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The IT department has physical access to your email account. That means they can do any number of things with it.

Hello, Leo. Under abuse of power, my boss threatened me with termination and disabled my email account. My fear is that he will get the IT team to plant fictitious emails; basically, send postdated emails from my address to competitors to make a case of data theft against me.

Now, I need to understand what all I must do to safeguard myself. Can "they" - IT - send emails from my address to others? And then can it be proved in court, if I drag them to court? Because such a malicious and vengeful act may harm my career forever.

In this excerpt from Answercast #15, I look at the access that the IT department will have to your email account and what they can do.

Get an attorney

I honestly can't address what you need to do. This definitely sounds like a case where you need legal advice and I'm not a lawyer. I cannot give out legal advice.

I would strongly encourage you to contact an attorney who is versed in these kinds of actions to get qualified advice.

What the IT department can do

What I can say is that: yes, your IT department can do any number of things, particularly if they have malicious intent.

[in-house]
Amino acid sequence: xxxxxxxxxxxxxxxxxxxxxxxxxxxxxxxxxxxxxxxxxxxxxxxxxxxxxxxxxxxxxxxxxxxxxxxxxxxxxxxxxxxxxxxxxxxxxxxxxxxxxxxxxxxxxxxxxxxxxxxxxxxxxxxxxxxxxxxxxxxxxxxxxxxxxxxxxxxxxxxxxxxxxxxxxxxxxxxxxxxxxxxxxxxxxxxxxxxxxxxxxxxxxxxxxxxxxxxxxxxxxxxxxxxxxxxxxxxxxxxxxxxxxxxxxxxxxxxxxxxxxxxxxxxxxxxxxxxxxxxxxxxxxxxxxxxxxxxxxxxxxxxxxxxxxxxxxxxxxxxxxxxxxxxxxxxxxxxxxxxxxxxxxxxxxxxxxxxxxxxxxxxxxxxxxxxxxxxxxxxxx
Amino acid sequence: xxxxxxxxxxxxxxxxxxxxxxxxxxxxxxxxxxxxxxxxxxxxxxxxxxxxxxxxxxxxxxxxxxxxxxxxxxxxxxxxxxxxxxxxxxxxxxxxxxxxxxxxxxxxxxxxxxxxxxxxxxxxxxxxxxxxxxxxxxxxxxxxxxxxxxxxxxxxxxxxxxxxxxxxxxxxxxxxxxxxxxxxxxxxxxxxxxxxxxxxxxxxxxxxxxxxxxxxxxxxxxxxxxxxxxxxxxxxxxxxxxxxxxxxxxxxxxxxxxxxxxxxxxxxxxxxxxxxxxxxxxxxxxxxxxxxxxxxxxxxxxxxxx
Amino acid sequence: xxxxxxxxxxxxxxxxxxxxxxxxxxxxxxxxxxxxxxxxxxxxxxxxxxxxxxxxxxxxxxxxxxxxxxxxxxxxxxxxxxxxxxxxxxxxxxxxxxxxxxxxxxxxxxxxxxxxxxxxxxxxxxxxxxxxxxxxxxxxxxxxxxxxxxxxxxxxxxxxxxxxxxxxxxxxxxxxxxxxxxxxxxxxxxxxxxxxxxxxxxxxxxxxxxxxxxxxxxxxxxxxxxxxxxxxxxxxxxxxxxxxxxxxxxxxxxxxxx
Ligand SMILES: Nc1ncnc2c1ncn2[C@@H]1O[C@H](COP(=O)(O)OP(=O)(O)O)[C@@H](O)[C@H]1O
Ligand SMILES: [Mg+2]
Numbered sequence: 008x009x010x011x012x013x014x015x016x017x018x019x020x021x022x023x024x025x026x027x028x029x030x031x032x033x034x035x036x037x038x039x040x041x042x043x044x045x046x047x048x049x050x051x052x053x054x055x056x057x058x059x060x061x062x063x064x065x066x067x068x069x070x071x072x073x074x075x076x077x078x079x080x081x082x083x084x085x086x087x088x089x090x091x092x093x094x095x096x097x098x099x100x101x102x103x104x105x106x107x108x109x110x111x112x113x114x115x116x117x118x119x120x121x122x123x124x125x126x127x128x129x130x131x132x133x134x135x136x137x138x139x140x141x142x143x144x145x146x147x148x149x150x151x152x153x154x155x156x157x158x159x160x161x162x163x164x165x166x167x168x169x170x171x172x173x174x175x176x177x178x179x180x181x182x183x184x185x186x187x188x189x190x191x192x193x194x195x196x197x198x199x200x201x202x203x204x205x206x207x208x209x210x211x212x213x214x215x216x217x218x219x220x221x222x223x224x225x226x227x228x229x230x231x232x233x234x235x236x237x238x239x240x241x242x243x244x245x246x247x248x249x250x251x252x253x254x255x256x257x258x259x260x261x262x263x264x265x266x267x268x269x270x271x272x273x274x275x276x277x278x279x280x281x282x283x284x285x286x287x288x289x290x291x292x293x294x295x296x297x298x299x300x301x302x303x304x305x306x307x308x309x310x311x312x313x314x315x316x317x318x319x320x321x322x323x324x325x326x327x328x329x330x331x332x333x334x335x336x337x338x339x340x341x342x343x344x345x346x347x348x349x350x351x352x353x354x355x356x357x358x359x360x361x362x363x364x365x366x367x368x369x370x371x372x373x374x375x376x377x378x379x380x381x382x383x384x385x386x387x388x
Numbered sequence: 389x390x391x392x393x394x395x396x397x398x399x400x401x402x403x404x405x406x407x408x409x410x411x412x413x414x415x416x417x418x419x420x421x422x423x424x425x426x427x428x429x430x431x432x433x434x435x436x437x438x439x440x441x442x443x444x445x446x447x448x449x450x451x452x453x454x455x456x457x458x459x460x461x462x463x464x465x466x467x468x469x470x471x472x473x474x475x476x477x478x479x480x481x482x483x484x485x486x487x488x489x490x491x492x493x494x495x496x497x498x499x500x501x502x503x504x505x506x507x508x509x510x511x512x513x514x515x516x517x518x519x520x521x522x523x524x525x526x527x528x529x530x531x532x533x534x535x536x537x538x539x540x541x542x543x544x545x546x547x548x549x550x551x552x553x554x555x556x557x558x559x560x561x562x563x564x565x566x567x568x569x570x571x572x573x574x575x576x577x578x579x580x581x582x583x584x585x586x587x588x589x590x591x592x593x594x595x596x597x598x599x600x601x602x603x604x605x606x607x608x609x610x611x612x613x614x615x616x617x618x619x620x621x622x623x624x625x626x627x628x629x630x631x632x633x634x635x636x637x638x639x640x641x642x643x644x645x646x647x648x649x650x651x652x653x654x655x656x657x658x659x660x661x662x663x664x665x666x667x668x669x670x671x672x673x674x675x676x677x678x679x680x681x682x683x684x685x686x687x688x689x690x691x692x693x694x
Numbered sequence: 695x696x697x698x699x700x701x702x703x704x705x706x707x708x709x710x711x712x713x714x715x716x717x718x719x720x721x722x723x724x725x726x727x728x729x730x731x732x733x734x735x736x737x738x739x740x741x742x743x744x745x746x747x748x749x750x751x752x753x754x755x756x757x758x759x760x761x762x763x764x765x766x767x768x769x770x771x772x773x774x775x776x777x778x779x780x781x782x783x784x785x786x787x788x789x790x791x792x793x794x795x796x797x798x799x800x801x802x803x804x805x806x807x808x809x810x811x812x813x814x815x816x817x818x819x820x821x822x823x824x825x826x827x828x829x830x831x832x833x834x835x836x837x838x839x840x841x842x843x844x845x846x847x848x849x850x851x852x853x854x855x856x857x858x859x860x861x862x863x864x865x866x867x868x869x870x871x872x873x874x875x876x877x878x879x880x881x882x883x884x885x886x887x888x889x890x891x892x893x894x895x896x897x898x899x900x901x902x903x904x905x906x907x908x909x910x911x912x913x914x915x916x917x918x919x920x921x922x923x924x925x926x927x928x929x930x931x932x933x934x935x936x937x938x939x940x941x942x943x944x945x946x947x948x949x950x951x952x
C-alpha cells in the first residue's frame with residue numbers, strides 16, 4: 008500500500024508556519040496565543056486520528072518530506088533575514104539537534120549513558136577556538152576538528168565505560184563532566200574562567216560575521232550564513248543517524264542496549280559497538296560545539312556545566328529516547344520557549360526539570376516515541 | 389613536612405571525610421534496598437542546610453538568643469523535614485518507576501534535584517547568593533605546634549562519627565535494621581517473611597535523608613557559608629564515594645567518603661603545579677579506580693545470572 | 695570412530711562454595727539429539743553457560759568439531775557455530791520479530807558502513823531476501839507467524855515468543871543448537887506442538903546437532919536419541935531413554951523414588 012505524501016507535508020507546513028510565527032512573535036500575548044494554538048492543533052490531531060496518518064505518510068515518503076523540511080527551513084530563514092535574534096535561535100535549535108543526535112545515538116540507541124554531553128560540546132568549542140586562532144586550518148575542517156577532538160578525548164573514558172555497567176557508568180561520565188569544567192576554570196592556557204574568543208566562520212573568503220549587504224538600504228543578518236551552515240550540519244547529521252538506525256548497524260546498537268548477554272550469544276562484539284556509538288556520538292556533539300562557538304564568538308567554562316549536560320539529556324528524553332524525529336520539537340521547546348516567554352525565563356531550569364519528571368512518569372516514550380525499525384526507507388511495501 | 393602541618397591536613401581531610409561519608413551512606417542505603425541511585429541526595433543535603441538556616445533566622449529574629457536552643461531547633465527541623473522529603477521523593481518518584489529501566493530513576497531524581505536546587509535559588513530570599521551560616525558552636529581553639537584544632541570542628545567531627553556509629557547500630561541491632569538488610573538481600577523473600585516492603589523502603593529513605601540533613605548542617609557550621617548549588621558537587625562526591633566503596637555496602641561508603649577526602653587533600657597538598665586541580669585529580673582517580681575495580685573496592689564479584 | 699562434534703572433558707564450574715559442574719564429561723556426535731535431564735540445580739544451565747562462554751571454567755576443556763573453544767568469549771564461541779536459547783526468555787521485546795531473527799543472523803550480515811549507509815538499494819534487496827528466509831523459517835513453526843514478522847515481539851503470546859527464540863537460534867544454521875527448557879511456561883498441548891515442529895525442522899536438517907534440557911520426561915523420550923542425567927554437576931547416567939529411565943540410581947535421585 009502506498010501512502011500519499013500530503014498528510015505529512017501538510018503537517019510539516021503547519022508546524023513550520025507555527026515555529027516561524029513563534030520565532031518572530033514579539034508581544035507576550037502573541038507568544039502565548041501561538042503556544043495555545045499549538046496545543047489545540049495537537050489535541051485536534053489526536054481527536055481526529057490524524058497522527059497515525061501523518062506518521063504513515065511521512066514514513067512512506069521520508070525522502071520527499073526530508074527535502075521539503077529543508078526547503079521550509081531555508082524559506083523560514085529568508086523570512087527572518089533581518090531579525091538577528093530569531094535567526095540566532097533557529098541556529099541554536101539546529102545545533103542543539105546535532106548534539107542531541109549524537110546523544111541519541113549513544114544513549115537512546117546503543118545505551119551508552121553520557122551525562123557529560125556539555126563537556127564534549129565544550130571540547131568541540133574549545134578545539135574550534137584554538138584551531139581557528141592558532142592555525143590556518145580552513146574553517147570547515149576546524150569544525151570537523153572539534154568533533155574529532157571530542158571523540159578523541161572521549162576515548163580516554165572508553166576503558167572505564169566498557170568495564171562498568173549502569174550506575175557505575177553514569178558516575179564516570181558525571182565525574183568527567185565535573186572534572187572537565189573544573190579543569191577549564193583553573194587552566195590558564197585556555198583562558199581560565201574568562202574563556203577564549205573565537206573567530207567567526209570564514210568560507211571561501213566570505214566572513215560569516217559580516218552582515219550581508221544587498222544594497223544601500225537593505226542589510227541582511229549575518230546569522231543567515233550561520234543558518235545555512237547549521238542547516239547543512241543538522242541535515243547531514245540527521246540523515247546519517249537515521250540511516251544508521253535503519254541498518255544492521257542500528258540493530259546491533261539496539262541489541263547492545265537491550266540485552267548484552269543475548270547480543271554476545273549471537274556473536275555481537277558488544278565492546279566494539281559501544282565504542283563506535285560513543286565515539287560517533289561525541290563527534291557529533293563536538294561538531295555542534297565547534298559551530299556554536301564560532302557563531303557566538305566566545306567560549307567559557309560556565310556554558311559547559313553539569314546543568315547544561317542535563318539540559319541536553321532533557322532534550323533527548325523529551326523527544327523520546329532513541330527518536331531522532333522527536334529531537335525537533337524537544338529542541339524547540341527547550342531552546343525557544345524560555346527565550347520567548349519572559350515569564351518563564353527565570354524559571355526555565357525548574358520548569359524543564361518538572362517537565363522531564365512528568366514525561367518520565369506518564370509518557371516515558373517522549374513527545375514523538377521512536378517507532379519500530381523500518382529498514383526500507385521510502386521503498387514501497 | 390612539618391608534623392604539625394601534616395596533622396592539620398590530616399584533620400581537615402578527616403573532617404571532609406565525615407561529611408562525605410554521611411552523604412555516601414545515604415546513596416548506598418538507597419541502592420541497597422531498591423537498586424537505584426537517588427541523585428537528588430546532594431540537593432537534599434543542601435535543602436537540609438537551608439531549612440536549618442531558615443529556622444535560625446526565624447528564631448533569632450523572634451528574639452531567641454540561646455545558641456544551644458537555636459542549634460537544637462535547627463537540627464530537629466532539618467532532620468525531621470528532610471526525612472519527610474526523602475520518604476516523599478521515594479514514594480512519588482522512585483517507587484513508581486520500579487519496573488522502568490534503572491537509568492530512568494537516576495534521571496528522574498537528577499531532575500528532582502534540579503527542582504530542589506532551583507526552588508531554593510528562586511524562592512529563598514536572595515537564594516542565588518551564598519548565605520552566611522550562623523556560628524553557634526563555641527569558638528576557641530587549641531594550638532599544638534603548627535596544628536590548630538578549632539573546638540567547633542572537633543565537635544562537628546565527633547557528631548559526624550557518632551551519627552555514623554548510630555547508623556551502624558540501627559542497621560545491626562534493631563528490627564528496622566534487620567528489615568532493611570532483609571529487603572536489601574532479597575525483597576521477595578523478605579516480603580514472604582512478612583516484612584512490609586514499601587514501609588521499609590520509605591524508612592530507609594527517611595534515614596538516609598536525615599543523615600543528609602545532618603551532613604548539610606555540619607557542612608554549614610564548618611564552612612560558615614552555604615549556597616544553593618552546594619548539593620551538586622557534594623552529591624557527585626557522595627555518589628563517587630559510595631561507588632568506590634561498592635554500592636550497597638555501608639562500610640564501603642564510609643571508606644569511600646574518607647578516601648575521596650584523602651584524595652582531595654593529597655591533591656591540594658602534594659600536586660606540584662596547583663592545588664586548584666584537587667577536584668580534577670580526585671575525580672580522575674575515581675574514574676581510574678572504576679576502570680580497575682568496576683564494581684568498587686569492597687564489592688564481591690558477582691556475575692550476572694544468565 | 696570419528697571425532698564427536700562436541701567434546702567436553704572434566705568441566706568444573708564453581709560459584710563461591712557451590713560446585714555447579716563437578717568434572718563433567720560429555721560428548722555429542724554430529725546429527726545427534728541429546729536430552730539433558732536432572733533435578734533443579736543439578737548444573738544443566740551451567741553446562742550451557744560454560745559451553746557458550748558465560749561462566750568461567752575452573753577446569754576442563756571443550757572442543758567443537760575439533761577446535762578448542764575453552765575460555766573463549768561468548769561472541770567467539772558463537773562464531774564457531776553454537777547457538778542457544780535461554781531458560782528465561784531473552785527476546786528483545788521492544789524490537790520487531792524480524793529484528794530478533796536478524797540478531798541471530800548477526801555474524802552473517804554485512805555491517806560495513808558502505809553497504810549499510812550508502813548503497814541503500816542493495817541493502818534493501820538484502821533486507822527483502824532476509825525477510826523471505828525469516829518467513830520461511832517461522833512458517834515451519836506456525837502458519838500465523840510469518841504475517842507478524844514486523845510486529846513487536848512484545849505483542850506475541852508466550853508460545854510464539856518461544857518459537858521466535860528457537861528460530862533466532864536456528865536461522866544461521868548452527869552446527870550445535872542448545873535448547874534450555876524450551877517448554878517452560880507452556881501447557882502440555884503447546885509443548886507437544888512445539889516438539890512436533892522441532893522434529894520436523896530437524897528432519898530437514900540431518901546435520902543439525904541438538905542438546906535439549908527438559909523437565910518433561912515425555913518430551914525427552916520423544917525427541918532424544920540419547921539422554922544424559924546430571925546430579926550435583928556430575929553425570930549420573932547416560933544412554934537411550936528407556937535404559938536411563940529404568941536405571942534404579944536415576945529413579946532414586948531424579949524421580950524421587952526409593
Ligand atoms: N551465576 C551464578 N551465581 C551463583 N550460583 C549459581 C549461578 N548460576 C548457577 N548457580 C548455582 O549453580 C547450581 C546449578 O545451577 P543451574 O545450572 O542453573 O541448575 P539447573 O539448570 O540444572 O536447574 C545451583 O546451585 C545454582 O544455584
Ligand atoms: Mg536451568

• It is absolutely possible for them to send email that looks like it came from you.

  • It is also possible to forge or fake the dates on emails so that it looks like (at least at the top layer), the email was sent at a time or a date other than when it actually was sent.

Under the hood, using various forensic techniques, the forgery can often (not always, but often) be disproved.

But, like I said, that's when it starts to get tricky. That's when it starts to touch into the realm of what you can and cannot gain access to legally. Which is why I have to continue to refer you back to an attorney to take it further.

Article C5301 - May 7, 2012 « »

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Leo Leo A. Notenboom has been playing with computers since he was required to take a programming class in 1976. An 18 year career as a programmer at Microsoft soon followed. After "retiring" in 2001, Leo started Ask Leo! in 2003 as a place for answers to common computer and technical questions. More about Leo.

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